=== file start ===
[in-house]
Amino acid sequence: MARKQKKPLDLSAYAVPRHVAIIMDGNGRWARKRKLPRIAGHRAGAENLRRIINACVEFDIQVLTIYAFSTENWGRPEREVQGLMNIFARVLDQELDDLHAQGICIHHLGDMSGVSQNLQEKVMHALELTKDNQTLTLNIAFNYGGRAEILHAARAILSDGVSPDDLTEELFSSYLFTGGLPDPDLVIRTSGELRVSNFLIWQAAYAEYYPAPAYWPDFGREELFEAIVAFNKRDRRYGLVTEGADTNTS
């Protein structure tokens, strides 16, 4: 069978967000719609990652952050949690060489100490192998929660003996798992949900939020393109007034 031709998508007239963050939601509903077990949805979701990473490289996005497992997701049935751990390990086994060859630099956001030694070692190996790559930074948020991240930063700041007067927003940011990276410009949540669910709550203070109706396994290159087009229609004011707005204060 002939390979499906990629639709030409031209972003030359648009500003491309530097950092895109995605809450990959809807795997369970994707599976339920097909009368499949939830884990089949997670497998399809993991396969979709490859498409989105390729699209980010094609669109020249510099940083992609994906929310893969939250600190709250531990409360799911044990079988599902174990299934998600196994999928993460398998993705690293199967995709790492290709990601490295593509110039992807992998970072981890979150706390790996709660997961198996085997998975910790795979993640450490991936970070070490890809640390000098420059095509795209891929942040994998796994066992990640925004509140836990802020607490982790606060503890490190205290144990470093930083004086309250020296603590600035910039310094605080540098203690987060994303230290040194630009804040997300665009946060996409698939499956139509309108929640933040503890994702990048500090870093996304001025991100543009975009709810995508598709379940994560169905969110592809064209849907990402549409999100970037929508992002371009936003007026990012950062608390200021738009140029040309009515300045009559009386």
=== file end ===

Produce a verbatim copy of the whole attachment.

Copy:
[in-house]
Amino acid sequence: MARKQKKPLDLSAYAVPRHVAIIMDGNGRWARKRKLPRIAGHRAGAENLRRIINACVEFDIQVLTIYAFSTENWGRPEREVQGLMNIFARVLDQELDDLHAQGICIHHLGDMSGVSQNLQEKVMHALELTKDNQTLTLNIAFNYGGRAEILHAARAILSDGVSPDDLTEELFSSYLFTGGLPDPDLVIRTSGELRVSNFLIWQAAYAEYYPAPAYWPDFGREELFEAIVAFNKRDRRYGLVTEGADTNTS
């Protein structure tokens, strides 16, 4: 069978967000719609990652952050949690060489100490192998929660003996798992949900939020393109007034 031709998508007239963050939601509903077990949805979701990473490289996005497992997701049935751990390990086994060859630099956001030694070692190996790559930074948020991240930063700041007067927003940011990276410009949540669910709550203070109706396994290159087009229609004011707005204060 002939390979499906990629639709030409031209972003030359648009500003491309530097950092895109995605809450990959809807795997369970994707599976339920097909009368499949939830884990089949997670497998399809993991396969979709490859498409989105390729699209980010094609669109020249510099940083992609994906929310893969939250600190709250531990409360799911044990079988599902174990299934998600196994999928993460398998993705690293199967995709790492290709990601490295593509110039992807992998970072981890979150706390790996709660997961198996085997998975910790795979993640450490991936970070070490890809640390000098420059095509795209891929942040994998796994066992990640925004509140836990802020607490982790606060503890490190205290144990470093930083004086309250020296603590600035910039310094605080540098203690987060994303230290040194630009804040997300665009946060996409698939499956139509309108929640933040503890994702990048500090870093996304001025991100543009975009709810995508598709379940994560169905969110592809064209849907990402549409999100970037929508992002371009936003007026990012950062608390200021738009140029040309009515300045009559009386």